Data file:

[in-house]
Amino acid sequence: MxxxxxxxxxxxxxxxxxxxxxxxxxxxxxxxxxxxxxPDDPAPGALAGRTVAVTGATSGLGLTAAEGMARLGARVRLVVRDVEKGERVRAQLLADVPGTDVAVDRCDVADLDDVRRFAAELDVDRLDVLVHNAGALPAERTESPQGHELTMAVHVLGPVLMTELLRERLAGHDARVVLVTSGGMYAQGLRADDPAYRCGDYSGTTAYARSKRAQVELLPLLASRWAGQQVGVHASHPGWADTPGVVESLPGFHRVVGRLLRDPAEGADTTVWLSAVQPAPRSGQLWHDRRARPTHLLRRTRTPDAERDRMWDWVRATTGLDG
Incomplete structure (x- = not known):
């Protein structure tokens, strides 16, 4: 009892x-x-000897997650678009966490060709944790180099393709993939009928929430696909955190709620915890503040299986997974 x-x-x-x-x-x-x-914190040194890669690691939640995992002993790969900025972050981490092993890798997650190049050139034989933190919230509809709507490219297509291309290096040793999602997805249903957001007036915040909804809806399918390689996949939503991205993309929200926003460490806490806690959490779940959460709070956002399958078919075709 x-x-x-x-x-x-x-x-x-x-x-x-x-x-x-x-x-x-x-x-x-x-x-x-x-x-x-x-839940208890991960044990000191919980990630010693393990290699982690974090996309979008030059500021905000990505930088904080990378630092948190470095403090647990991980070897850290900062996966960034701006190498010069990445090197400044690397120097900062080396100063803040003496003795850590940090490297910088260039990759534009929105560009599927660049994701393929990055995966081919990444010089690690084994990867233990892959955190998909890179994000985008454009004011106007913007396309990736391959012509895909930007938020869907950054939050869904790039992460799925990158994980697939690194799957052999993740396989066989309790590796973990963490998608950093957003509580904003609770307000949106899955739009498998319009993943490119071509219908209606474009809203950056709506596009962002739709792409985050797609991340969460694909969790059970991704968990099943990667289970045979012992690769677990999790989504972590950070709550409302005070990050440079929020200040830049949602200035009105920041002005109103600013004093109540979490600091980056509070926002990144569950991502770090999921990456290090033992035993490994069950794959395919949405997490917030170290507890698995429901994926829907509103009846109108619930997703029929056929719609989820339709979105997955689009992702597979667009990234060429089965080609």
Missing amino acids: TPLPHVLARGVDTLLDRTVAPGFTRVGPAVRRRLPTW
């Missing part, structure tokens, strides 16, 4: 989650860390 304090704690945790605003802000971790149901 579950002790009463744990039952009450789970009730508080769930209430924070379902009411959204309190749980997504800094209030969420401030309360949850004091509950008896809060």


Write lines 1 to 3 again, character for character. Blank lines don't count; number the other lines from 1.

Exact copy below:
[in-house]
Amino acid sequence: MxxxxxxxxxxxxxxxxxxxxxxxxxxxxxxxxxxxxxPDDPAPGALAGRTVAVTGATSGLGLTAAEGMARLGARVRLVVRDVEKGERVRAQLLADVPGTDVAVDRCDVADLDDVRRFAAELDVDRLDVLVHNAGALPAERTESPQGHELTMAVHVLGPVLMTELLRERLAGHDARVVLVTSGGMYAQGLRADDPAYRCGDYSGTTAYARSKRAQVELLPLLASRWAGQQVGVHASHPGWADTPGVVESLPGFHRVVGRLLRDPAEGADTTVWLSAVQPAPRSGQLWHDRRARPTHLLRRTRTPDAERDRMWDWVRATTGLDG
Incomplete structure (x- = not known):